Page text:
Why Are You in the Palace?

If you have never read it, I encourage you to grab of copy of Timothy Keller’s book, Every Good Endeavor.  In it, Kellor offers a roadmap to the ways in which individuals can make the critical link of tying everyday work to Kingdom work.  In a chapter entitled, “Work Becomes Selfish,” Kellor connects his thoughts to the story of Esther and her circuitous journey to the palace of Persia.  He writes, “God urges you to think about where you are and why you are there, to realize the importance of being in the palace.  It’s possible that only then can He use you to do His work in this world.”[1]  He goes on to say that we are in the palace only by grace.  “You worked with talents you did not earn; they were given to you.  You went through doors of opportunity you did not produce; they just opened for you.  Therefore, everything you have is a matter of grace…”[2]   And then he offers this insight, “Unless you use your clout, your credentials, and your money in service to the people outside the palace, the palace is a prison…”[3]

Connect the dots to your place of ministry.  What does the palace resemble from your frame of reference?  Maybe it’s a prestigious pulpit in a large city, maybe it’s an endowed chair at a University, or maybe it’s a corner office in a successful business.  Now ask yourself how it is that you get to live in that palace?  Is it a result of your superior talents, work ethic, or education?  You might like to think so… but what if Kellor is right?  What if you are in your palace simply by Grace… meaning that God placed you there for a reason?  What if it is not about who you are, but instead, what if it is more about what God wants to do through you?  Surely it is His intention that you would leverage all that you are… your clout, your credentials, and your money, to serve people outside of the palace.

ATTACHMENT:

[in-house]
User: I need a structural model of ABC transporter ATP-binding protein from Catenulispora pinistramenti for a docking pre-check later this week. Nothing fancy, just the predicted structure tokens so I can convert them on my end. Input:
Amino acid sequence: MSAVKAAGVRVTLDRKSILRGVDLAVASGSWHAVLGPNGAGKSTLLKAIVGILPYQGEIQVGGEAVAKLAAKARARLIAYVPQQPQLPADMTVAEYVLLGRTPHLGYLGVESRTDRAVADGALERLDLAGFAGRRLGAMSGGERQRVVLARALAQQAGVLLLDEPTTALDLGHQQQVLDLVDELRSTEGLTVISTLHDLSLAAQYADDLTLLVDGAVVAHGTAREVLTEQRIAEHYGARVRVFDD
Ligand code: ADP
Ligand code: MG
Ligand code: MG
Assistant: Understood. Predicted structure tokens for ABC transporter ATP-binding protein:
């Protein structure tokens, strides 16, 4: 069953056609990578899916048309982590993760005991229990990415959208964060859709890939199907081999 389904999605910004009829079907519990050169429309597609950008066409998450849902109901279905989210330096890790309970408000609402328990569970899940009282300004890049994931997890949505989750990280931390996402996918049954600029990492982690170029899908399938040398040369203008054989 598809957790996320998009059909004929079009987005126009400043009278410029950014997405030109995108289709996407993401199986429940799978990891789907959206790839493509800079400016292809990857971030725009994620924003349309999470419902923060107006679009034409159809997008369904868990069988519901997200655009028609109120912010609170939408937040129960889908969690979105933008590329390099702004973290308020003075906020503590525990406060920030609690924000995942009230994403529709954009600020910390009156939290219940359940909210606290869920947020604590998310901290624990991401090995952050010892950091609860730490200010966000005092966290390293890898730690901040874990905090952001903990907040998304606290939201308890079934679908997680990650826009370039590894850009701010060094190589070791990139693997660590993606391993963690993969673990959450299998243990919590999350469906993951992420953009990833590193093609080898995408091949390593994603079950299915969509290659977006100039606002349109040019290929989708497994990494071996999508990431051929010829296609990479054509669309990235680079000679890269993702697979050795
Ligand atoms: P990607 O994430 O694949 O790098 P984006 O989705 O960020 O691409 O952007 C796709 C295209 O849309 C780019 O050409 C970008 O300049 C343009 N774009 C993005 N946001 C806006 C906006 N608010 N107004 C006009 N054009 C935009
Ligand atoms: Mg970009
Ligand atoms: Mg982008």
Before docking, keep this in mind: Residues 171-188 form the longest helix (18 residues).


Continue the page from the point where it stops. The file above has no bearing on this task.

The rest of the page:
Take a moment to look beyond the safe and comfortable walls that surround you.  Can you gain a perspective on a greater world of need into which you can speak hope and even offer tangible aid?  I think Kellor hits the nail on the head.  Our palaces can quickly become prisons of selfishness, pride, and meaningless endeavors if we only work to better our small corners of influence.  What a waste of grace if we only build our kingdoms for self-promotion and notoriety.  Maybe it’s time to acknowledge that we really don’t deserve the palaces in which we live, but out of sincere gratitude we will strive to find ways to serve a bigger world.  Take off your robe and roll up your sleeves.  It’s time to make a difference.

[1] Timothy Keller, Every Good Endeavor, (New York, Riverhead Books, 2012), p.117

[2] Keller, p. 120

[3] Keller, p. 119